In his lecture English and Welsh delivered on October 21, 1955 this appeal of the Welsh language to Tolkien is one of the main points of his discussion. This, however, is a matter of personal taste: if the language sounds beautiful to one person, it does not mean it will sound equally lovely to another. Tolkien pointed out how futile the attempts to communicate the beauty of the tongue are: if another person does not share the speaker’s point of view, all descriptions are totally in vain:

Those who understand him must already have experienced this pleasure, or have missed it for ever. Those who do not cannot yet receive it. A translation is of no avail. For this pleasure is felt most immediately and acutely in the moment of association: that is in the reception (or imagination) of a word-form which is felt to have a certain style, and the attribution to it of a meaning which is not received through it.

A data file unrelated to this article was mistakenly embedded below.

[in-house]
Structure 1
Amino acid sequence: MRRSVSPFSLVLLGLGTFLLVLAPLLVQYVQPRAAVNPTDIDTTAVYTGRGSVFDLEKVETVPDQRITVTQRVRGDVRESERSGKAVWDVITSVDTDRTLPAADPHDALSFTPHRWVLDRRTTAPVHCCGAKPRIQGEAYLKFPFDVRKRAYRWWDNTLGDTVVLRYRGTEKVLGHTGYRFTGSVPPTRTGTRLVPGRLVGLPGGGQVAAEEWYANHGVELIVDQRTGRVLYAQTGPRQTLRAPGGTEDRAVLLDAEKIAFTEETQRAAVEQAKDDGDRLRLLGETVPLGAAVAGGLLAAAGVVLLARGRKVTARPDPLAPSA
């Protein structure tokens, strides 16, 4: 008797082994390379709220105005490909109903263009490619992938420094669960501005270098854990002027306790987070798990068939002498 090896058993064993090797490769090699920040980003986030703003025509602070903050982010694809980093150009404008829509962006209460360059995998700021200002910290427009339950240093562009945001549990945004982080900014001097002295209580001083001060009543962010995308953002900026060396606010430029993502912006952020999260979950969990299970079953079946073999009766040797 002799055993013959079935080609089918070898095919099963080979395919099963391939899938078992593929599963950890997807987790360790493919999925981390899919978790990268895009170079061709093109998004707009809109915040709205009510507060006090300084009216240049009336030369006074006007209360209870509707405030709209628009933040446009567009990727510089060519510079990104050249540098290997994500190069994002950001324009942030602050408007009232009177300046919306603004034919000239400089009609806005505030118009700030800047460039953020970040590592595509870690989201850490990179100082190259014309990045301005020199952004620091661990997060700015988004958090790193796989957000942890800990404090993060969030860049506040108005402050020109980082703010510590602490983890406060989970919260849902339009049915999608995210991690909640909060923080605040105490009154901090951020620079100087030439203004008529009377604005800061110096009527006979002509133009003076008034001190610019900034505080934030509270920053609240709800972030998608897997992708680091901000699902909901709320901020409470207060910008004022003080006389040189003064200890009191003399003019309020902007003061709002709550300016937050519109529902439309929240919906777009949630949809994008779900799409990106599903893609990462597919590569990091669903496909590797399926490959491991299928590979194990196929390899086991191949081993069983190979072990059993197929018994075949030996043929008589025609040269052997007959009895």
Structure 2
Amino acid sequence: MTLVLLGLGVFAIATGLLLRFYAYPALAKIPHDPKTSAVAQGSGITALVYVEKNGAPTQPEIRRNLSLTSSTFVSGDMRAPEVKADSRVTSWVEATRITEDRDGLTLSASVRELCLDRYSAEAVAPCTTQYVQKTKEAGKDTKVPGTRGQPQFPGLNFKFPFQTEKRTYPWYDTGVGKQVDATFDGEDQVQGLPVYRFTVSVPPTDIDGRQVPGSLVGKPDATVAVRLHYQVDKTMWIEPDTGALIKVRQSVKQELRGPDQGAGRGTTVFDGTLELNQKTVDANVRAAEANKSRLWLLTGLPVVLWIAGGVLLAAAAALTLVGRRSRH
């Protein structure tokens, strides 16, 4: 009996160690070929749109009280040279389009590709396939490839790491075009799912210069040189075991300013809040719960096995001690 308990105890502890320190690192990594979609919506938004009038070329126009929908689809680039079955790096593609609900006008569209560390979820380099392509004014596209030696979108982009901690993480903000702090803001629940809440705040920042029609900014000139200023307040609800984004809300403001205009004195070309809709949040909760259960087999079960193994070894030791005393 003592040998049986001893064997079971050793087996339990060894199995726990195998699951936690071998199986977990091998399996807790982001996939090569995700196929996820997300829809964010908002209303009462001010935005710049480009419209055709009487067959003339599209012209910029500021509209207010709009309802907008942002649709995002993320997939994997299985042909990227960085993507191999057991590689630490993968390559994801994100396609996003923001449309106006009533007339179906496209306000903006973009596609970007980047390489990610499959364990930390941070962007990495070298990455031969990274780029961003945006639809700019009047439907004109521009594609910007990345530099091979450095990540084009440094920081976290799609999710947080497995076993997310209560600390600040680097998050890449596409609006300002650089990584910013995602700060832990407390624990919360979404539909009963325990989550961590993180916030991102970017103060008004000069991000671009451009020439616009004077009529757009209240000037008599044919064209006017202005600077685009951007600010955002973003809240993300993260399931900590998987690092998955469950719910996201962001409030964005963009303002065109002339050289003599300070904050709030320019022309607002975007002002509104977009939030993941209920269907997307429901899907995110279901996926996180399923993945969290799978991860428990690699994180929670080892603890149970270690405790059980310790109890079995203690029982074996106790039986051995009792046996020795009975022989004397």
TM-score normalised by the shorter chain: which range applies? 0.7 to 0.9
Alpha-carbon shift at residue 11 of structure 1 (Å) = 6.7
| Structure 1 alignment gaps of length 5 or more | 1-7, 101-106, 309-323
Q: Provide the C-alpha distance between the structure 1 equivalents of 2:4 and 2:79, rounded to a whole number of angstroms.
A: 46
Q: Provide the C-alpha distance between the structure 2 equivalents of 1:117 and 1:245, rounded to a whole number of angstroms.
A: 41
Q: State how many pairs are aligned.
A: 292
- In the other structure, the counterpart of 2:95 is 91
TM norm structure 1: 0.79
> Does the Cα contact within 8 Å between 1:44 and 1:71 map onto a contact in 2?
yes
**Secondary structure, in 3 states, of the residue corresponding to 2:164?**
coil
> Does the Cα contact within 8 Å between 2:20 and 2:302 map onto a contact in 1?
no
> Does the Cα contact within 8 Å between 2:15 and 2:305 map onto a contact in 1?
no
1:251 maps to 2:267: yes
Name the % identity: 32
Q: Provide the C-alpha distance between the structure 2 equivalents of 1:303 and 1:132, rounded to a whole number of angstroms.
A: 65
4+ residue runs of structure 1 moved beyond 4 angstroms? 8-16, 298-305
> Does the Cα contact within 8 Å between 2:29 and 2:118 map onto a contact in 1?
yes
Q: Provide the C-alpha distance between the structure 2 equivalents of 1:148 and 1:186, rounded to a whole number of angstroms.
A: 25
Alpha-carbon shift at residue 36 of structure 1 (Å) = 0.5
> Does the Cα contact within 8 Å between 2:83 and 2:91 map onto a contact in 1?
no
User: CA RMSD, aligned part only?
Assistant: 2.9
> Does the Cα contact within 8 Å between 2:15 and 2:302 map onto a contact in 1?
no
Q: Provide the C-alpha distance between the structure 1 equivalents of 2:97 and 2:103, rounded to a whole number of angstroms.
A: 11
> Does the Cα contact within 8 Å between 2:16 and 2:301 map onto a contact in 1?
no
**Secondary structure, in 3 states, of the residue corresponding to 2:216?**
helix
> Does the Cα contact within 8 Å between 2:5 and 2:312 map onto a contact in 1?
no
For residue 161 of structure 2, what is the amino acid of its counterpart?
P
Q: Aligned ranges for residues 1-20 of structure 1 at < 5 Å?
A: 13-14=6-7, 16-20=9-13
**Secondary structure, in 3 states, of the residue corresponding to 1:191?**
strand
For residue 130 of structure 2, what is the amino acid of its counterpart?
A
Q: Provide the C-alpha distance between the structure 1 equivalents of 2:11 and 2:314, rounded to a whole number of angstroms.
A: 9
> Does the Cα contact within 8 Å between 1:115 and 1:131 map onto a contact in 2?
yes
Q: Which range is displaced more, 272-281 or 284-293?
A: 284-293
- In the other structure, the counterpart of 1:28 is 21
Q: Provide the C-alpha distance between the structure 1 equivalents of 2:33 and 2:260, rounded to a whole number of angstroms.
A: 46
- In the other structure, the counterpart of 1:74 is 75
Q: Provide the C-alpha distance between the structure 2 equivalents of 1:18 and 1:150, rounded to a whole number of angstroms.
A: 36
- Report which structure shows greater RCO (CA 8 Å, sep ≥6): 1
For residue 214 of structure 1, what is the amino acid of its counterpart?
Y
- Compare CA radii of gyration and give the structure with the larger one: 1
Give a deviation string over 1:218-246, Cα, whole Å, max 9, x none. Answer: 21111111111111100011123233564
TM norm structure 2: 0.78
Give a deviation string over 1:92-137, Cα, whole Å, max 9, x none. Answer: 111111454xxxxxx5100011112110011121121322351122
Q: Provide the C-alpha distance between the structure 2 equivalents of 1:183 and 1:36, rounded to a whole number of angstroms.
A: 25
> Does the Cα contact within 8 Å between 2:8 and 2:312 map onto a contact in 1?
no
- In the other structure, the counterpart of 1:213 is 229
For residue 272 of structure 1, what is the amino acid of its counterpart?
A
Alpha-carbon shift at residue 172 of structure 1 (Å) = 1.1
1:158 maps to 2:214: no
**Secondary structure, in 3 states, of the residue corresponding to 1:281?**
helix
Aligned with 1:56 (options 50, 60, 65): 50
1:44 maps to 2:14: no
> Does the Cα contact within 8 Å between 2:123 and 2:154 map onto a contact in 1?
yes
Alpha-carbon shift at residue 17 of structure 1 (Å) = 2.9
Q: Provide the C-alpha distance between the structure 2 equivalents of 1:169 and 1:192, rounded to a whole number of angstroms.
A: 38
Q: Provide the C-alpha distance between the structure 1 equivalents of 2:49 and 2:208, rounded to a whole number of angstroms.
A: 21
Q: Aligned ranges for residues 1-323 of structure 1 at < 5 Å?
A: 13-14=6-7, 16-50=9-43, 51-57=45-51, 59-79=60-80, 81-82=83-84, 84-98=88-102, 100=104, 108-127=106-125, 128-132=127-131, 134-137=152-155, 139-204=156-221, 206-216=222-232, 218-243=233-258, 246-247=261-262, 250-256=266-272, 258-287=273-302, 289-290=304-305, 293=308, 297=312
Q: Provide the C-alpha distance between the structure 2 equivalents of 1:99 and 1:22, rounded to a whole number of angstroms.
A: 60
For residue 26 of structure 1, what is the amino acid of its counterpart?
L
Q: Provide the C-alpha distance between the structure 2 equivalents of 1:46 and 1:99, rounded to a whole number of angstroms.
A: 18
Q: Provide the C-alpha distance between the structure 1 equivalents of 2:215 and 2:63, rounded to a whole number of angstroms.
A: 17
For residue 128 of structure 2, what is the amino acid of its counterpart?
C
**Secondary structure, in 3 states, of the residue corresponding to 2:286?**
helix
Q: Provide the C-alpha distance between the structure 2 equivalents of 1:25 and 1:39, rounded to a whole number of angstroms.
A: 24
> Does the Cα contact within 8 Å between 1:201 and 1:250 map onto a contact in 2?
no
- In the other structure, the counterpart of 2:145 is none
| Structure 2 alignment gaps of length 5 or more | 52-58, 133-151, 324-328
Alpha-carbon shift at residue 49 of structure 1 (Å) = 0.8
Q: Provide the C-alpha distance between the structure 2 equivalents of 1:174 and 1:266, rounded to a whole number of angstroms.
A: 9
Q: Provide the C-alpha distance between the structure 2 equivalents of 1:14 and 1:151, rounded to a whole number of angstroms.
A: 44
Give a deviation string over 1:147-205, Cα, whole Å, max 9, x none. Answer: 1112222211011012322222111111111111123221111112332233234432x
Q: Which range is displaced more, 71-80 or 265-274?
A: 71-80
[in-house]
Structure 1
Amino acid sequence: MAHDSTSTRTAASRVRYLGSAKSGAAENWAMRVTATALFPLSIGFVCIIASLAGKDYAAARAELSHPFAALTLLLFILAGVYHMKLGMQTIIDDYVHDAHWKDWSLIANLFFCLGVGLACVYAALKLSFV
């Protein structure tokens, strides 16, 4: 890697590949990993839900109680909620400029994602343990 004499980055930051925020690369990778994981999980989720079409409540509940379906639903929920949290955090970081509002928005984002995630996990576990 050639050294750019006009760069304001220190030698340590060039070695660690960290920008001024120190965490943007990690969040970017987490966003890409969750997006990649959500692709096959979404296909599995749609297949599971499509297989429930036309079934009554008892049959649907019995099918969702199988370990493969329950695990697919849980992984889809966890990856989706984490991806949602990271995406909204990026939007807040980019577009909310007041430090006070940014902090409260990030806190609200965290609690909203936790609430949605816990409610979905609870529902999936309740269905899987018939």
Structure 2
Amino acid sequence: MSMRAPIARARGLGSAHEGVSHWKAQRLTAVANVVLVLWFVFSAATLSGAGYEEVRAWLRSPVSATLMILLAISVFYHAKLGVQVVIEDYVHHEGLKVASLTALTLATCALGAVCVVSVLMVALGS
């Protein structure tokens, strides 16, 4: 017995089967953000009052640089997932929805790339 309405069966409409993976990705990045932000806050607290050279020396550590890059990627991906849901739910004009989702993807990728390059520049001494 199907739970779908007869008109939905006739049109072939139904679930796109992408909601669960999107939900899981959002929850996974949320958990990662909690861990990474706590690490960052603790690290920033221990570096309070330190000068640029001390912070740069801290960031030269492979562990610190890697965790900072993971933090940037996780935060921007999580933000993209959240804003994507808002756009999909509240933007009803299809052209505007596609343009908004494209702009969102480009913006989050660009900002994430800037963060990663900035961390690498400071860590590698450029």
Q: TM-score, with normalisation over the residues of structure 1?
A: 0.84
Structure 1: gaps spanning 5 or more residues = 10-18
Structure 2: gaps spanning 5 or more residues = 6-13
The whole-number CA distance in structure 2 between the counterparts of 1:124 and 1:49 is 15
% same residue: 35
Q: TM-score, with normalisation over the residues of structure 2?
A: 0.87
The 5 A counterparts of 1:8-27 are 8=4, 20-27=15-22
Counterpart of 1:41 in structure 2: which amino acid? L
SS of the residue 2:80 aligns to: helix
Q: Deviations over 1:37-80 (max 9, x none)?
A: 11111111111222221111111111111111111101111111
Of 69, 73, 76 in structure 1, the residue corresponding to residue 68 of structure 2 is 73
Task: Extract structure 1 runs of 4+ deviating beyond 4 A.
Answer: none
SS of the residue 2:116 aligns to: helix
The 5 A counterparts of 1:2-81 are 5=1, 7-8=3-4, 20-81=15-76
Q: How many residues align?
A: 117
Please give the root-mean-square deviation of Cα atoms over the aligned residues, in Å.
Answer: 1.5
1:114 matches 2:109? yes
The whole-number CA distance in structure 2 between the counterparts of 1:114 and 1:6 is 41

(Monsters and Critics, p. 193)

This kind of pleasure the language brings lies beyond any linguistic analysis or practical usage, in Tolkien’s view. It is much more than that. The Professor referred to such languages that stir people’s feelings and appeal to them on a subconscious level their “native languages”,  but he did not mean those spoken from birth. These languages are what Tolkien called “inherent linguistic predilections“ of a particular individual that awaken once a person gets in contact with “their” language [1]. Welsh was certainly such a linguistic predilection for Tolkien.